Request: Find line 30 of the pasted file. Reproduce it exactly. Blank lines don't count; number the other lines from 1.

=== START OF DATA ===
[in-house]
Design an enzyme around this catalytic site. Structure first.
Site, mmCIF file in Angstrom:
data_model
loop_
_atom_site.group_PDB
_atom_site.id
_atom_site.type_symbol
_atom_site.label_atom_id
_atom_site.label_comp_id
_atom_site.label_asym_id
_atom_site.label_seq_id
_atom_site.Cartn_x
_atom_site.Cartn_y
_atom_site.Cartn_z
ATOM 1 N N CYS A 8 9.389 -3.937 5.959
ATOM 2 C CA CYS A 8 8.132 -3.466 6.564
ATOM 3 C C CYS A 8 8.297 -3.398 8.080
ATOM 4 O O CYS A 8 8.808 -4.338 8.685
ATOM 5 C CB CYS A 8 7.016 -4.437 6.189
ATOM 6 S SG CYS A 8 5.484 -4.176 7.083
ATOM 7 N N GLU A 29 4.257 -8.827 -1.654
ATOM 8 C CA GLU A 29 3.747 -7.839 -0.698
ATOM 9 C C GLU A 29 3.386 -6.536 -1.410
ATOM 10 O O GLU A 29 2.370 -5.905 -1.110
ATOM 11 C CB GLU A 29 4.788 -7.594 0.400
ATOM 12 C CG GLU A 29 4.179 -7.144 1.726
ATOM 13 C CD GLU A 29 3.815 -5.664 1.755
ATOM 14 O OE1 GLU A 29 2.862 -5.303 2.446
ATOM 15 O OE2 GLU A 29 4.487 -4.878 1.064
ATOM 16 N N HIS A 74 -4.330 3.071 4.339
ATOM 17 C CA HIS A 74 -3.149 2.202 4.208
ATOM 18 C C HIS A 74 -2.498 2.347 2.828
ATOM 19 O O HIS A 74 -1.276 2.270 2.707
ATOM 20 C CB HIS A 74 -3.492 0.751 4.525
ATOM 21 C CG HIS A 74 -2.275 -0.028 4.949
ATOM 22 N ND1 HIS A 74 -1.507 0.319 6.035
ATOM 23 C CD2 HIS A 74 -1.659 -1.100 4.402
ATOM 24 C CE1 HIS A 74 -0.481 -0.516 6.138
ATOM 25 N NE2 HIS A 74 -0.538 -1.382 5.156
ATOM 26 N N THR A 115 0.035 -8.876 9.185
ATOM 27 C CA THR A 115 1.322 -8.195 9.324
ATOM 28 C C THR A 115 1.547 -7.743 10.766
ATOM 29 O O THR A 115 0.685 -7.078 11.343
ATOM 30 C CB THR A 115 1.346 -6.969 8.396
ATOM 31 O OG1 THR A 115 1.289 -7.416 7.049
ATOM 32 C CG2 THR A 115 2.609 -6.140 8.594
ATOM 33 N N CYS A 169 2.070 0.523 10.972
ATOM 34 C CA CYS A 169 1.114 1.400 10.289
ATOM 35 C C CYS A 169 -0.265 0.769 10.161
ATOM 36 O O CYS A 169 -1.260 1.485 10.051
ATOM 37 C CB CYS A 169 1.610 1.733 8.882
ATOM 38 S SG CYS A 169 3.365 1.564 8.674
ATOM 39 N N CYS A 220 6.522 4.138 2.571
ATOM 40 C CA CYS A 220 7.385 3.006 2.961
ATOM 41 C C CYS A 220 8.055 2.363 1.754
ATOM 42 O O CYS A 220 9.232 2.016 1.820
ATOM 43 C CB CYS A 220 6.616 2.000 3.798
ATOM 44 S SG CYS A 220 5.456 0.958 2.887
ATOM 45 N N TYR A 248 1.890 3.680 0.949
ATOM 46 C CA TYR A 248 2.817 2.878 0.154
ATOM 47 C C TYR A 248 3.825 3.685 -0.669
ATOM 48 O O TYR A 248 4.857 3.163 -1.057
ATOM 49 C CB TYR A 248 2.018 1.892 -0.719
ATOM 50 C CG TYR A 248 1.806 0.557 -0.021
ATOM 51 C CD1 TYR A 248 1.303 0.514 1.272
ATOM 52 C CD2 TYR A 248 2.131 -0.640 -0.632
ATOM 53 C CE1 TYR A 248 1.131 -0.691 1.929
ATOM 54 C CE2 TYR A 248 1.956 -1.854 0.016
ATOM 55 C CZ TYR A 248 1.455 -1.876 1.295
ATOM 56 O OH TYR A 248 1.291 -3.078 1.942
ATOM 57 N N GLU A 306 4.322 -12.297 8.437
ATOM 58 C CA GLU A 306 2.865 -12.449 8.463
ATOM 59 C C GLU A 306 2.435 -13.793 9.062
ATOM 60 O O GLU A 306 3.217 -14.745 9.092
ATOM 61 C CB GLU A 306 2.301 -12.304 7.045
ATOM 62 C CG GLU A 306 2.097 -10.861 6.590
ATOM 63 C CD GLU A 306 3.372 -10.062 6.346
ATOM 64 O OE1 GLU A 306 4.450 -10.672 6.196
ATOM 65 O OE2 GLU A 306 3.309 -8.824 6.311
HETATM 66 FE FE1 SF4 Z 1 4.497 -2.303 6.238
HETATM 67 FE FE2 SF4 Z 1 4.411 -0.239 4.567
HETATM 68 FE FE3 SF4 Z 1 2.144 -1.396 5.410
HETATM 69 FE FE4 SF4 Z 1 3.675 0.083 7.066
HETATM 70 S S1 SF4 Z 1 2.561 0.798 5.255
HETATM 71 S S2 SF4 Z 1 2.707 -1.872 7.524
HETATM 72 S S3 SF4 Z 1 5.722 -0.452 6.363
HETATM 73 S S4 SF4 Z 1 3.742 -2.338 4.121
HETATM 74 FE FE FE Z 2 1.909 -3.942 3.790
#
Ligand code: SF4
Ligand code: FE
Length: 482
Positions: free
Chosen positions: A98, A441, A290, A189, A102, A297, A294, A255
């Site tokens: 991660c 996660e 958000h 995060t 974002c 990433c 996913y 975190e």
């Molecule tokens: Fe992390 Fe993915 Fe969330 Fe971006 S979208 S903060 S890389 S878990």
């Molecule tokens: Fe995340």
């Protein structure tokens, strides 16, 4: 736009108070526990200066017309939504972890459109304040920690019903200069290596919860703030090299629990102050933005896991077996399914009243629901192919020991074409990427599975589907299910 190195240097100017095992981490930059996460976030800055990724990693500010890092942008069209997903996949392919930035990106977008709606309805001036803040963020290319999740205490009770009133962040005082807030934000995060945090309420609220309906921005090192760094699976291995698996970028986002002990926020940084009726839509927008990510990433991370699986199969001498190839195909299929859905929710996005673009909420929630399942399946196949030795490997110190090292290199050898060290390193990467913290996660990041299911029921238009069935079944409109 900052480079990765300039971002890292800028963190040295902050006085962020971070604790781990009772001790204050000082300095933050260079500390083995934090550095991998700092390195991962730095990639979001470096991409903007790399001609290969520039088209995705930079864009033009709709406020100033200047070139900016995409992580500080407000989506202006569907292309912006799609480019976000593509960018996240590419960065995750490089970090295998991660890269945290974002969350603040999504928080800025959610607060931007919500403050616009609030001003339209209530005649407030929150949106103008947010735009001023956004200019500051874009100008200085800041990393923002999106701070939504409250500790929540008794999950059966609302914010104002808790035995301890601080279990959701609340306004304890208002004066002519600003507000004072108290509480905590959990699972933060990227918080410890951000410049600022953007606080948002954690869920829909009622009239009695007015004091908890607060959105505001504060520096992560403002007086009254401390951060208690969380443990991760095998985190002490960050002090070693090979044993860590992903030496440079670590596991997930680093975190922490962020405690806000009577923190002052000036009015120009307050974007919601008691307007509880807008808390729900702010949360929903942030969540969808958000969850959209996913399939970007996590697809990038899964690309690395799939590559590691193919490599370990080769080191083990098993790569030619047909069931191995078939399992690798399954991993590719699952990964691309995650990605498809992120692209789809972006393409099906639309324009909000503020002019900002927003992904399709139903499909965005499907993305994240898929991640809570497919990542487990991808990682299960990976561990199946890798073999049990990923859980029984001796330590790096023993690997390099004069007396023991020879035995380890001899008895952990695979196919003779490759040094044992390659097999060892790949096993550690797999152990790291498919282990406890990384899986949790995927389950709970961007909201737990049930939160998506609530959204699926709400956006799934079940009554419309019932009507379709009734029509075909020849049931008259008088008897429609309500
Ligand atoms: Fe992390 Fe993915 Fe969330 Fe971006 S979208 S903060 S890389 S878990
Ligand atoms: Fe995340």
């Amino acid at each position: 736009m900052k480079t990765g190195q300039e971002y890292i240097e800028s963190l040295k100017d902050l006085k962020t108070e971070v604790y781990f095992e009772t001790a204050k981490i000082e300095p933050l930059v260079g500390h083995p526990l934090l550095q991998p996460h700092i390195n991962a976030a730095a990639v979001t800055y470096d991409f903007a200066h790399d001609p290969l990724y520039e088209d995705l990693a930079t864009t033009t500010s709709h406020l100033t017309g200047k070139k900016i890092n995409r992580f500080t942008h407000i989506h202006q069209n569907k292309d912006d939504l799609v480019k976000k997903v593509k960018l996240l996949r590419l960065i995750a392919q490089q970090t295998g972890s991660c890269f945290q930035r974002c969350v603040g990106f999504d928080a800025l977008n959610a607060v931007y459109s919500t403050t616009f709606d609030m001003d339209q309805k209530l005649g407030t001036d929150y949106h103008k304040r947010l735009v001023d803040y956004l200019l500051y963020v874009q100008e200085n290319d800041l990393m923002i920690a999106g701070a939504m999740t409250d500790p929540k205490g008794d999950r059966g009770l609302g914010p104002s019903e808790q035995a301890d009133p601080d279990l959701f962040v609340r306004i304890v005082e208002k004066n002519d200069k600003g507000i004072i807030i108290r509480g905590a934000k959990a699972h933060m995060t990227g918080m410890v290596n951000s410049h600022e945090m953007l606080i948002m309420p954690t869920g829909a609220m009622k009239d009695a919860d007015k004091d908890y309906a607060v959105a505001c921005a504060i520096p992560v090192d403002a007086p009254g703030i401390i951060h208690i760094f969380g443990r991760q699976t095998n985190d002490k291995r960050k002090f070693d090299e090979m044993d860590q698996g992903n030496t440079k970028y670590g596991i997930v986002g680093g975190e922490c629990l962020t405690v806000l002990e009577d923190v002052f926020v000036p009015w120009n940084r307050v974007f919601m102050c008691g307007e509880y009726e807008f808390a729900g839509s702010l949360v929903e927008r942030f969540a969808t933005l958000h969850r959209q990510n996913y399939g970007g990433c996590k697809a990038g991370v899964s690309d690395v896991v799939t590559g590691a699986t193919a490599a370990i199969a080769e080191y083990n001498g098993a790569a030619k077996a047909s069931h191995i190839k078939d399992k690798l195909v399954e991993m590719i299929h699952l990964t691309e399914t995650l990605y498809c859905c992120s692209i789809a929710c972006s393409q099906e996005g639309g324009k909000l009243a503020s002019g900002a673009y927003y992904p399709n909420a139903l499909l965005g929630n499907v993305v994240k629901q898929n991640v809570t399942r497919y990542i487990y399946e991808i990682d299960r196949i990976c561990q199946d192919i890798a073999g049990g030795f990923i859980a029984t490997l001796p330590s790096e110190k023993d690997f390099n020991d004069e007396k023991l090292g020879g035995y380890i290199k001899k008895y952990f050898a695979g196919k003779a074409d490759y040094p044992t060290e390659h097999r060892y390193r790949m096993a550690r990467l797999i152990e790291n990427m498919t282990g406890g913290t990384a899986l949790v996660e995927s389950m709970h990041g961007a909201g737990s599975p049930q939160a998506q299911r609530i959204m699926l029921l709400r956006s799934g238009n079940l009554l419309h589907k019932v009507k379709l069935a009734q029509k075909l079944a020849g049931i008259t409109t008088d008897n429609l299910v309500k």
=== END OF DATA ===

ATOM 15 O OE2 GLU A 29 4.487 -4.878 1.064